This chart will be displaying information about invoice detail. Be sure to include the table that will be used for your role. In this case, I will be using Customer. Each customer must see only their invoices.

 tables

The report will contain two charts: the left one is a bar chart where you see the invoice historic, the right one is a pie chart that shows how products in the invoice(s) are distributed by category.
Note: in the sample database all customer have only one invoice and hey are all at the same date

chart_noRole

Now we need to create our dynamic Role. In the Modeling tab click on Manage Roles and create a CustomerRole mapping the CompanyName of the customer table to the variable USERNAME()

genericRole

Of course, to test if our charts are really dynamics, create other roles, and give them specific values ex: "Bike World" or "Action Bicycle Specialists". To visualize your report as those user, simply click on the View as Roles, in the Modeling tab, and select the role you want.

ViewAs

See how the charts look when see from "Action Bicycle Specialists".

chart_withRole

The report is now ready. Save it and we will need it soon.


Powerbi-cli

To upload our report in our Azure Workspace Collection, I like to use PowerBI-CLI because it runs everywhere, thanks to Node.js.
Open a command prompt or Terminal and execute the following command to install PowerBI-CLI:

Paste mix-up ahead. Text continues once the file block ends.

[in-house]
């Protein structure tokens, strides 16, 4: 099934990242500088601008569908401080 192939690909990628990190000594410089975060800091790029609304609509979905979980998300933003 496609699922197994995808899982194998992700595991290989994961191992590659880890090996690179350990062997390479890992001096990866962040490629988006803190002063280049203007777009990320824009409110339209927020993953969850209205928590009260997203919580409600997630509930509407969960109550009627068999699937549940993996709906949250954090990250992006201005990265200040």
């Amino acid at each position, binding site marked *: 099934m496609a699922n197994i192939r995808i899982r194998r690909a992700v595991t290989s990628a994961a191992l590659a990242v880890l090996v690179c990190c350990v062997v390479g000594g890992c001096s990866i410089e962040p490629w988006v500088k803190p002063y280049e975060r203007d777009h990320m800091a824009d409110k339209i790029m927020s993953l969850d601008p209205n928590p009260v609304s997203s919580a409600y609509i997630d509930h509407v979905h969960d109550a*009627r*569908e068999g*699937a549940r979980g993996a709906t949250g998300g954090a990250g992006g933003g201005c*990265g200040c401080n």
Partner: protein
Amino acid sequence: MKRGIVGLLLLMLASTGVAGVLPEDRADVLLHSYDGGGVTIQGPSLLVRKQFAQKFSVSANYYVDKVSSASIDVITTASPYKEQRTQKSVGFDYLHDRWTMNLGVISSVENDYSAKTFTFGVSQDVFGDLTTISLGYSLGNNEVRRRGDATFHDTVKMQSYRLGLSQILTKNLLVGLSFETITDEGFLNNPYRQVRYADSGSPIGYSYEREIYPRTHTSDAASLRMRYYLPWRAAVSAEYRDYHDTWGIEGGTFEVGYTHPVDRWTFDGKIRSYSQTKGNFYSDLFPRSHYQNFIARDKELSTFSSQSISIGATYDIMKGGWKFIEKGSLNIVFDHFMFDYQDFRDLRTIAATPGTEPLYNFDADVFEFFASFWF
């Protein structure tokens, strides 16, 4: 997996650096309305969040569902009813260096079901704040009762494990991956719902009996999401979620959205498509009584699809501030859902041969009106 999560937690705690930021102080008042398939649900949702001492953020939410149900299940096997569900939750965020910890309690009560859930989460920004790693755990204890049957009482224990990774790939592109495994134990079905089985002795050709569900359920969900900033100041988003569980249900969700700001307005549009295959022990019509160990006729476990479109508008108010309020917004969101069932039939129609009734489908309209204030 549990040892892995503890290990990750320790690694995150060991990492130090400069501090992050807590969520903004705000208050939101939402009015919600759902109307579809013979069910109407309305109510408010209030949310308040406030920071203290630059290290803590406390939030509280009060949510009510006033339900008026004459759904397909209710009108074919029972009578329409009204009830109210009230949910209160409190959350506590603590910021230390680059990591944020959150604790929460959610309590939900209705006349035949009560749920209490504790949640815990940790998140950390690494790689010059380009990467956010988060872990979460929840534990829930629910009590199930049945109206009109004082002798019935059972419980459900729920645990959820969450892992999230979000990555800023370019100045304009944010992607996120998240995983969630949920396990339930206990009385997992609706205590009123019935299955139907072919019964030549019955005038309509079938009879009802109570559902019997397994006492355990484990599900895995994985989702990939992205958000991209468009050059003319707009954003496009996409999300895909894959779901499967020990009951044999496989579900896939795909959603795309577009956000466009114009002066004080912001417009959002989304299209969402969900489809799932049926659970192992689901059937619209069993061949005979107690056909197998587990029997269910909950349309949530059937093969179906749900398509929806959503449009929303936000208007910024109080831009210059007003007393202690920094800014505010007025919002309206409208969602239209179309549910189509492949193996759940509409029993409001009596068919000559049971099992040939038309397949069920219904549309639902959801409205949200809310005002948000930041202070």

npm install powerbi-cli -g
Now if you type 'powerbi' you should have the powerbi-cli help display.

powerbicli

It's time to use the access key we got previously, and use it in this command to create a workspace in our workspace collection.

//== Create Workspace ===========
powerbi create-workspace -c FrankWrkSpcCollection -k my_azure_workspace_collection_access_key

Now, let's upload our Power BI report into Azure. Retrieve the workspace ID returned by the previous command and pass it as the parameter -w (workspace).

//== Import ===========
powerbi import -c FrankWrkSpcCollection -w workspaceId -k my_azure_workspace_collection_access_key -f "C:\powerbidemo\CustomerInvoices.pbix" -n CustomerInvoices -o

Now we will need to update the connectionstring of our dataset. Get his ID with the following command:

//== Get-Datasets ===========
powerbi get-datasets -c FrankWrkSpcCollection -w workspaceId -k my_azure_workspace_collection_access_key 

Now update the connectionstring, passing the datasetId with the parameter -d:

//== update-connection ===========
powerbi update-connection -c FrankWrkSpcCollection -w workspaceId -k my_azure_workspace_collection_access_key -d 01fcabb6-1603-4653-a938-c83b7c45a59c -u usename@servername -p password


In Visual Studio

All the PowerBi Embeded part is now completed. Let's create the new Asp.Net MVC Web Application. A few Nuget packages are required, be sure to have those versions or newest:
  • Microsoft.PowerBI.AspNet.Mvc version="1.1.7"
  • Microsoft.PowerBI.Core version="1.1.6"
  • Microsoft.PowerBI.JavaScript version="2.2.6"
  • Newtonsoft.Json version="9.0.1"